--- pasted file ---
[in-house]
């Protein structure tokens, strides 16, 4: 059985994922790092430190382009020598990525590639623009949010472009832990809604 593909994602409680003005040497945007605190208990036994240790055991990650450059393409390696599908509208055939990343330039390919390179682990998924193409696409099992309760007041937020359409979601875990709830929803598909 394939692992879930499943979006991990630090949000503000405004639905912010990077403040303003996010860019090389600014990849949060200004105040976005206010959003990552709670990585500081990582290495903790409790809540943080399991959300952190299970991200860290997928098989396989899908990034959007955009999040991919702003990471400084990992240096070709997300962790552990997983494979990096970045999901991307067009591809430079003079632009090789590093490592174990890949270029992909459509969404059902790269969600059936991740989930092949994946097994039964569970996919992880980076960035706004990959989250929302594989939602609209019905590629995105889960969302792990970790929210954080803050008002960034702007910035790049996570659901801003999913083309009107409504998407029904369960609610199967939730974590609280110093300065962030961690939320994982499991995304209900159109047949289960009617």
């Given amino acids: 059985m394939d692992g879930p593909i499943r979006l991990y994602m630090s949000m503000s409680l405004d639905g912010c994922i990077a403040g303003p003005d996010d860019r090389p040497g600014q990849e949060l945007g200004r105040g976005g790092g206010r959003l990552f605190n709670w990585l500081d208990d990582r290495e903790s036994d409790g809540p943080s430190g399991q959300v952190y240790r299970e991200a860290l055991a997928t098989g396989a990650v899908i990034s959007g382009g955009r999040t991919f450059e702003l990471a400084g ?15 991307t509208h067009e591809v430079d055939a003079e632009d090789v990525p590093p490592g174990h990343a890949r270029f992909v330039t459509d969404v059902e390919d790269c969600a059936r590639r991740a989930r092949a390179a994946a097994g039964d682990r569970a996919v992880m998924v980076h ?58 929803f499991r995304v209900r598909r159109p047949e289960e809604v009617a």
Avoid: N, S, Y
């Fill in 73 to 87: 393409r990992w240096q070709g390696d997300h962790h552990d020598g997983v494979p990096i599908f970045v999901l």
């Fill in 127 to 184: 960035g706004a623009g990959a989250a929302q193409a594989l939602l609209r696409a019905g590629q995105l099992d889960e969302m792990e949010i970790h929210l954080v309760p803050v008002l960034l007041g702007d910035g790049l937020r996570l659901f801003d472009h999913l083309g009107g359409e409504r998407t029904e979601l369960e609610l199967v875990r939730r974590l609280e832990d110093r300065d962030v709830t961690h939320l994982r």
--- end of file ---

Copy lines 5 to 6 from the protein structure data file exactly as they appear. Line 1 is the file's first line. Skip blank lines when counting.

């Fill in 73 to 87: 393409r990992w240096q070709g390696d997300h962790h552990d020598g997983v494979p990096i599908f970045v999901l």
């Fill in 127 to 184: 960035g706004a623009g990959a989250a929302q193409a594989l939602l609209r696409a019905g590629q995105l099992d889960e969302m792990e949010i970790h929210l954080v309760p803050v008002l960034l007041g702007d910035g790049l937020r996570l659901f801003d472009h999913l083309g009107g359409e409504r998407t029904e979601l369960e609610l199967v875990r939730r974590l609280e832990d110093r300065d962030v709830t961690h939320l994982r």